This story follows the plight of a man, who is adjusting to a new life outside of the psychiatric hospital from which he’s recently been released. He keeps a journal to make sense of the world. In it he recalls incidents from his troubled childhood, including how his father, a plumber with a violent streak, took up with Hilda, a local prostitute. Shortly afterwards, his mother mysteriously “disappeared” and Hilda moved into the family home. Another book featuring a plumber is…

‘Safe House’ by Chris Ewan (2012)
This is a rip-roaring thriller set on the Isle of Man. Local plumber Rob Hale has crashed his motorbike and is now in hospital. But when he asks about the female passenger riding pillion, no one knows what he is talking about — he was the only person found at the accident scene. So does this passenger actually exist, or is Rob losing his marbles? Another book featuring a motorbike crash is…

‘Twins’ by Dirk Kurbjuweit(2017)
In this fable-like tale, “twins” Johann and Ludwig are childhood friends who forge a strong bond in the belief that this will make them more synchronised as rowers and therefore more successful in competition. Part of their bonding activity involves rebuilding an old motorbike, which they then ride on the road, even though they are not old enough to hold a licence. I don’t think it’s a plot spoiler to say this does not bode well…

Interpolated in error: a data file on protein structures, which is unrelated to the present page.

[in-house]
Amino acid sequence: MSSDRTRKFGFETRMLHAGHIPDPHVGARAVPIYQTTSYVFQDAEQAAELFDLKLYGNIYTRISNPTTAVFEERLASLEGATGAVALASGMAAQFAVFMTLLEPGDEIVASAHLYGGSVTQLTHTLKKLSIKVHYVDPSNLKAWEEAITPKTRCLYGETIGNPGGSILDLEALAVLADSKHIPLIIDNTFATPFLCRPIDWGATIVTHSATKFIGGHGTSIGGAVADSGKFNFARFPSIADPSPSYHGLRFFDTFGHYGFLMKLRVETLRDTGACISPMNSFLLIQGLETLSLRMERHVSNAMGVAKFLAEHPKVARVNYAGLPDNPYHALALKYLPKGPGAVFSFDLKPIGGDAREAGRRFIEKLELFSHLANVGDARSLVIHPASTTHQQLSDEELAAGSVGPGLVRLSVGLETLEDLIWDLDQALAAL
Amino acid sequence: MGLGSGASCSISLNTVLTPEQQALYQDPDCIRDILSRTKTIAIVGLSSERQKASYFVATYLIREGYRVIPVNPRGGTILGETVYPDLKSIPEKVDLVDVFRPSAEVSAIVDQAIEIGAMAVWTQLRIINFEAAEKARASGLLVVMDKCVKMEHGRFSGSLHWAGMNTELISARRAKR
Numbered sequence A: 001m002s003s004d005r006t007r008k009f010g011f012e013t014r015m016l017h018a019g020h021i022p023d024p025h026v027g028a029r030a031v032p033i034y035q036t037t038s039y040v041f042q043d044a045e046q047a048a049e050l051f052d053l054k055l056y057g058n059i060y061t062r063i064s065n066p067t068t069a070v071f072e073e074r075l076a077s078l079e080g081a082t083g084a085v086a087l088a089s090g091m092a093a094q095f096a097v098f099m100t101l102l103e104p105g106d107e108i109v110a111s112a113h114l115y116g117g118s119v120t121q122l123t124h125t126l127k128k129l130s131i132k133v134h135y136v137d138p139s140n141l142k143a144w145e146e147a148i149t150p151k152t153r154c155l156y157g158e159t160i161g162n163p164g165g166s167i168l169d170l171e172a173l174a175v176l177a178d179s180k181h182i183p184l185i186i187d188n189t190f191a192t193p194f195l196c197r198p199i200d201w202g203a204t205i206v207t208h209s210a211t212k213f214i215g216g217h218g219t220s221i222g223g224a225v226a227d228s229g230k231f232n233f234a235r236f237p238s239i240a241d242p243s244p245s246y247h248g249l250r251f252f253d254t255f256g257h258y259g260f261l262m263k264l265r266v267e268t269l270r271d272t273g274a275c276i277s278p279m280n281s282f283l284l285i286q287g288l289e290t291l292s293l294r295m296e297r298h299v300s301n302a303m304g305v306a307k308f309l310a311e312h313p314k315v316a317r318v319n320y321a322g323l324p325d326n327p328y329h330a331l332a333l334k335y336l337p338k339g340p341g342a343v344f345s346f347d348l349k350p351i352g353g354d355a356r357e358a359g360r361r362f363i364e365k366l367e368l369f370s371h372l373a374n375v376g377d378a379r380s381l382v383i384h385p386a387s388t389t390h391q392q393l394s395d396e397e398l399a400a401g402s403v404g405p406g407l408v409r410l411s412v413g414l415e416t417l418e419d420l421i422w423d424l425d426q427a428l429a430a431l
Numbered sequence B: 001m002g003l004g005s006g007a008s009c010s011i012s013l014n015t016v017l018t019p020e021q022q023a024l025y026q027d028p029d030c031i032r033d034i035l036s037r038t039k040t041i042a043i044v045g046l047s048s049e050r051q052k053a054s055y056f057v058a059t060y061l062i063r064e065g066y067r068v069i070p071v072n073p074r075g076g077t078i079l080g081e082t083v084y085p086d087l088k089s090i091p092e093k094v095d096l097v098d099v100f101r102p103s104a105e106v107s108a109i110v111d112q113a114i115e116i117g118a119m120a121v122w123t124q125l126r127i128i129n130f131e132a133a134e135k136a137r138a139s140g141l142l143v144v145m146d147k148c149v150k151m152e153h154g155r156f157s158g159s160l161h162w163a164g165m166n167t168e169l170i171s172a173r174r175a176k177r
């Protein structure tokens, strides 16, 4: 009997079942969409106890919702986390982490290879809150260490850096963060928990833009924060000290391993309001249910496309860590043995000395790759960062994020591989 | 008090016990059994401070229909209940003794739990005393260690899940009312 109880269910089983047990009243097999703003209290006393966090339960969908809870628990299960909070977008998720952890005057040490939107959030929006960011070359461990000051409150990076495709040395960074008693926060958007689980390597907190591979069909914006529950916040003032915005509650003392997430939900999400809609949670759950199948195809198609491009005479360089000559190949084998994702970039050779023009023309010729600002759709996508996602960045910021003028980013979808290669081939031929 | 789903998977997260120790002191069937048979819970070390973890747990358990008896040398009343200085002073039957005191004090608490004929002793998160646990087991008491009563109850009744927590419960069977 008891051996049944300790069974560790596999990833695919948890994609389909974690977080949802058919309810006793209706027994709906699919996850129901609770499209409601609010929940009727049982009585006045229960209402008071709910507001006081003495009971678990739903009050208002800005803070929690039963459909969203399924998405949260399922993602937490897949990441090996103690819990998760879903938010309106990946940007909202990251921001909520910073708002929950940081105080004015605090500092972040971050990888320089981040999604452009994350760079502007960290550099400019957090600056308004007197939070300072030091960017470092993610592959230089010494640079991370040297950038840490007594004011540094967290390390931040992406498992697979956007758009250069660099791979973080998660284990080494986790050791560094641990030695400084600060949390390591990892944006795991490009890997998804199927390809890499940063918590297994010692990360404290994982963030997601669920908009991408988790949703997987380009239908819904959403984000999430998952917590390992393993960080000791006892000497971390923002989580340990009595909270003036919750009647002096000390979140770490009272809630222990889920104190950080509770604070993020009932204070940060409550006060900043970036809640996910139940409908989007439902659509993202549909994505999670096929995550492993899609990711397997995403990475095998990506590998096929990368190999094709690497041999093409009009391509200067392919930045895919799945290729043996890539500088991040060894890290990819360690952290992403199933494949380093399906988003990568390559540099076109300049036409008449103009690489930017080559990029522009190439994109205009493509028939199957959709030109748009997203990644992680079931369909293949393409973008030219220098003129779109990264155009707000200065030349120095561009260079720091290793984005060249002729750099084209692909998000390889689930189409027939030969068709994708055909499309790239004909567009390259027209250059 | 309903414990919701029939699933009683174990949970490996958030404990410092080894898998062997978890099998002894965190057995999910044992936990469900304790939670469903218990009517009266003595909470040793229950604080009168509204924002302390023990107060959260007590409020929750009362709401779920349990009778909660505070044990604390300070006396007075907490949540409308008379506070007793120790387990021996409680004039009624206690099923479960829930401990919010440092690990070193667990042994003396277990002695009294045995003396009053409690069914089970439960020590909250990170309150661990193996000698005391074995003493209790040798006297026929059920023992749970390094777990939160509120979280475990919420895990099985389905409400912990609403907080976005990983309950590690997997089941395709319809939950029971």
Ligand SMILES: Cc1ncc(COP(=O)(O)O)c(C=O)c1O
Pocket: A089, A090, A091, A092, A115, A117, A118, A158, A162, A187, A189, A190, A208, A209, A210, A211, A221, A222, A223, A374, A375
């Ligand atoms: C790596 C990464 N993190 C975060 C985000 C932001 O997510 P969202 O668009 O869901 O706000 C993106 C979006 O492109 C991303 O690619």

So that’s this month’s #6Degrees: from a post-apocalyptic novel to a story about teenage boys who develop a close relationship, linked via dogs, the Giller Prize, mental illness, plumbers and motorbikes!

Have you read any of these books? 

Author, Book review, Books in translation, Dirk Kurbjuweit, Fiction, Germany, Publisher, Setting, Text

‘Twins’ by Dirk Kurbjuweit

Fiction – paperback; Text Publishing; 155 pages; 2017. Translated from the German by Imogen Taylor.

Literature has long been fascinated by twins, but this German novella, first published in 2001 and translated into English in 2017, gives the topic an unusual twist.

In this fable-like tale, “twins” Johann and Ludwig are not related, they are simply childhood friends who forge a strong bond in the belief that this will make them more synchronised as rowers and therefore more successful in competition. Their aim is to beat their rivals, the Potsdam twins, in the coxless pairs.

But the rowing contest is not really the focus of this coming of age story. It’s really about friendship and how bonds can be broken just as easily as they can be made. And it’s about what happens when you keep secrets from one another and don’t show your true self.